For the first time, almost 100,000 records of Thames watermen and lightermen have been made available online.
Family history website findmypast.co.uk has published online just under 100,000 records of Thames watermen and lightermen, spanning the years 1688 to 1949.
Watermen were highly skilled boatmen who carried passengers up and down and across the Thames in rowing boats, steam boats, sailing boats and vessels. Lightermen worked on cargo boats rather than passenger vessels.
The collection comprises the following records:
- names of competitors and those eligible to compete in the Doggett Coat & Badge Hanover prize race 1715-2010 – including details of where they were from, the date of the race and their position in the race. This is the oldest annual sporting event in the world and first took place on 1 August 1715 between London Bridge and Chelsea. The records give the name of every known competitor, including those who were unsuccessful in the drawing of lots at Watermen’s Hall or the trials held at Putney.
- Corporation of Trinity House licences issued to ex-mariners to ply their trade as Thames Watermen between the dates 1829 and 1864 , giving the date and their age when the licence was issued;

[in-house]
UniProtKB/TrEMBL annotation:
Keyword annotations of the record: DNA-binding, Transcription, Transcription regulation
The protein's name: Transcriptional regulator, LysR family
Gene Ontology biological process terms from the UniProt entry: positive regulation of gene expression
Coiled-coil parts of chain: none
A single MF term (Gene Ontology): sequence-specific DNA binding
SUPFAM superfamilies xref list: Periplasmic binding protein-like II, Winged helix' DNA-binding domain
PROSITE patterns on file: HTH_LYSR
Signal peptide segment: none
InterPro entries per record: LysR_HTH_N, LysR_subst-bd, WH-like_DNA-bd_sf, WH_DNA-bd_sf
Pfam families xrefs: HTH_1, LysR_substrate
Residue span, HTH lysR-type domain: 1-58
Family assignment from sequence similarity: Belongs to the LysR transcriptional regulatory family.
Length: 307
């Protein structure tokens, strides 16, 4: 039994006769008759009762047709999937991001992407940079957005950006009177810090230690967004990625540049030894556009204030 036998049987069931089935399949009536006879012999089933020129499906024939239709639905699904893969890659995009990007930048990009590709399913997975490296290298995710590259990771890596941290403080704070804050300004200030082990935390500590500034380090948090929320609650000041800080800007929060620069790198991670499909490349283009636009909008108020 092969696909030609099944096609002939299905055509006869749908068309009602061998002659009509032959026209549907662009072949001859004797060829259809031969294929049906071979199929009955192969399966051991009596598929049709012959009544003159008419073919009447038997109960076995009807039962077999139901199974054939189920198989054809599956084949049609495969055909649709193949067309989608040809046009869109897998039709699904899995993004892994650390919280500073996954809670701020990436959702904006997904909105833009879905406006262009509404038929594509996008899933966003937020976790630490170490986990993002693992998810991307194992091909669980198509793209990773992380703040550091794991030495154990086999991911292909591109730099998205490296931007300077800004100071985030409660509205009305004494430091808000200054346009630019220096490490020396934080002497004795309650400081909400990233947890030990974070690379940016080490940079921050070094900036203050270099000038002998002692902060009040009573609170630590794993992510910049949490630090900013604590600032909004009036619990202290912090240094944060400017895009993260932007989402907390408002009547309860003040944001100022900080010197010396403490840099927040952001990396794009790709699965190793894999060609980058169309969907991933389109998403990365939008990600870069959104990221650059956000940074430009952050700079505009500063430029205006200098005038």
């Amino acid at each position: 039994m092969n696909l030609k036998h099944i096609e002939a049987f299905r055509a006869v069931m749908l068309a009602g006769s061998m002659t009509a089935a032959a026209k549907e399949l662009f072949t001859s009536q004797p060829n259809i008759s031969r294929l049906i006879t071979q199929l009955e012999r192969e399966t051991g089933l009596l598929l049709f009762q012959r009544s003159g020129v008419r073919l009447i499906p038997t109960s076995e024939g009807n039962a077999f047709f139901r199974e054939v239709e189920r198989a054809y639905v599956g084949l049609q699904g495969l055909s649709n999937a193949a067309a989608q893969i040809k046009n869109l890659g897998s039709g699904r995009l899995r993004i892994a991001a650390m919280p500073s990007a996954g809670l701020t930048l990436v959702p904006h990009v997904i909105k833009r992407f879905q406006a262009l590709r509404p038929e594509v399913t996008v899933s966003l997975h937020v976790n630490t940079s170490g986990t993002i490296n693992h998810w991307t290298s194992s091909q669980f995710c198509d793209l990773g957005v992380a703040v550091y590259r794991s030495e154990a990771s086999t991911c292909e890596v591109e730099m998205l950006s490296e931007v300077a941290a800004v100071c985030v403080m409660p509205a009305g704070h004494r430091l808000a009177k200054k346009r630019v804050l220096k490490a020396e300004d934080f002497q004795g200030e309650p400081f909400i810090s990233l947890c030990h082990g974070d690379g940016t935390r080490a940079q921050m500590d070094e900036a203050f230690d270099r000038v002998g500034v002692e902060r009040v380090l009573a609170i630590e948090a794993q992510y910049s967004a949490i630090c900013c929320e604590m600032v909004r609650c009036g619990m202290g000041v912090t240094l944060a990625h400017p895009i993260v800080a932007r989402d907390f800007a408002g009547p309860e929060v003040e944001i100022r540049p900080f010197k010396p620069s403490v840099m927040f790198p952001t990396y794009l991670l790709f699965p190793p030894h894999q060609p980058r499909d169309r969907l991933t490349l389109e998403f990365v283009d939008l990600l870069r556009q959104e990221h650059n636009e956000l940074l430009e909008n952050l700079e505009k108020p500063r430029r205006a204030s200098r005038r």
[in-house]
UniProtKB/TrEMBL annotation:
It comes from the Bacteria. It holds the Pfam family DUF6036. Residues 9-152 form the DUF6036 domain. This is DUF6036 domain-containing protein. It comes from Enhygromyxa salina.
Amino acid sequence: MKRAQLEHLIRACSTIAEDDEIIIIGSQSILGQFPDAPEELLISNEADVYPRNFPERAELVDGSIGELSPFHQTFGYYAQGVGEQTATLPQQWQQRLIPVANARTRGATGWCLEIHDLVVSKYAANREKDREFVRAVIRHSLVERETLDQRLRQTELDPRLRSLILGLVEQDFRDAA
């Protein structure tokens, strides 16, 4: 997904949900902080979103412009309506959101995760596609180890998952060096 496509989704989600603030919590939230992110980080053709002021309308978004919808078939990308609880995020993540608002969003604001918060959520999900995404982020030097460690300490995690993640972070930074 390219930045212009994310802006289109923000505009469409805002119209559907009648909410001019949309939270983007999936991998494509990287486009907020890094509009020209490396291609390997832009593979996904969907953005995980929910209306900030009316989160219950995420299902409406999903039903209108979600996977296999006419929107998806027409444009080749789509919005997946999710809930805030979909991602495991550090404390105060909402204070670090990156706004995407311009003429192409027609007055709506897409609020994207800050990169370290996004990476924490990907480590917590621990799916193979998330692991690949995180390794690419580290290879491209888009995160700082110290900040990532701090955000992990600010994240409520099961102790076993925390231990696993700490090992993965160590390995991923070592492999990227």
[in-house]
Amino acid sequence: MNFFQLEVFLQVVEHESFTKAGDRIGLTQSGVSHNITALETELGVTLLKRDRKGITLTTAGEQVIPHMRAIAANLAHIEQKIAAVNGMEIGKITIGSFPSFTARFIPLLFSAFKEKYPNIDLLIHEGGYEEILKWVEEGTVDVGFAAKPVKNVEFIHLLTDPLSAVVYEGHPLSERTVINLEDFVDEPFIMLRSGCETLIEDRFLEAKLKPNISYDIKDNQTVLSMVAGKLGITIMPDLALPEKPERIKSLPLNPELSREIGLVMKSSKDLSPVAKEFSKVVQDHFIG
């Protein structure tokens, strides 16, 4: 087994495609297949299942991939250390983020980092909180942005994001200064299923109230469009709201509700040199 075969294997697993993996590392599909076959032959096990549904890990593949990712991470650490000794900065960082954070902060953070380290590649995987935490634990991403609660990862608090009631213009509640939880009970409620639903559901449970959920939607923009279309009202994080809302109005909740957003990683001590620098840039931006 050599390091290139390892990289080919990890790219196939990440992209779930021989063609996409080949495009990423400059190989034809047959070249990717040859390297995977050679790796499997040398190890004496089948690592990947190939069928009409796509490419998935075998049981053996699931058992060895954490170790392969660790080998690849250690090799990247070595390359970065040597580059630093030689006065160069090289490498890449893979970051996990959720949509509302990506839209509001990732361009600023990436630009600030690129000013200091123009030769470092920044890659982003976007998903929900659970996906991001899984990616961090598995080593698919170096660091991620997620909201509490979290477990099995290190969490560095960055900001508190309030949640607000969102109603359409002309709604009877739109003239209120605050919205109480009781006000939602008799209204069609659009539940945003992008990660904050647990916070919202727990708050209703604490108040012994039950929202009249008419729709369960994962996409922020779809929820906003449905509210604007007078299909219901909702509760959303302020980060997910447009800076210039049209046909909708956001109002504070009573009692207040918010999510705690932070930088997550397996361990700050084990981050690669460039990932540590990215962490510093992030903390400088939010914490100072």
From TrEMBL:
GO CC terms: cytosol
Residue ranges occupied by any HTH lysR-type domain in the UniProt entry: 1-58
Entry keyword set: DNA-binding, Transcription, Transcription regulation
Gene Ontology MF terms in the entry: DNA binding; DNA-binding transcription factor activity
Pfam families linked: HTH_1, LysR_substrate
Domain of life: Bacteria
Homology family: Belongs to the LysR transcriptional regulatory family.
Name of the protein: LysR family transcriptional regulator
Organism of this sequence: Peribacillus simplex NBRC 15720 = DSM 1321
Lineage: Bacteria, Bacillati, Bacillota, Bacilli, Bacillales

- Company of Watermen & Lightermen of River Thames Binding records 1692-1949 (apprenticeship records);
- a register of contract licences for over aged boys 1865-1926;
- binding dates and birth proof affidavits 1898-1949;
- reassignments 1698-1908: a list of apprentices who were reassigned from one master to another, with information about both the masters and the apprentices.
The Thames is the only river in the United Kingdom that Parliament regulates for the training and apprenticeship of young men to the trade of watermen and lightermen. Originally boys were bound to a master (or mistress, who was normally the widow of a freeman) for one year. During the 19th century, however, the apprenticeship period was altered so the boy served between five and seven years, completing his apprenticeship at the age of 21.
Amy Sell of findmypast.co.uk says: “We often get asked about researching Thames watermen ancestors, so it’s very exciting that these records are now available for anyone to search online for the first time. There’s a rumour that one of my own ancestors won the Doggett Coat & Badge race, so I can’t wait to take a look. And if you find one waterman or lighterman in your family tree, it’s likely that you’ll find more, as this tended to be an occupation that ran in families.”
The 99,140 new records can be searched from the ‘Education & work’ area at findmypast.co.uk. They form part of the Thames-side and Medway collection, which also contains parish baptism, marriage and burial records for the region.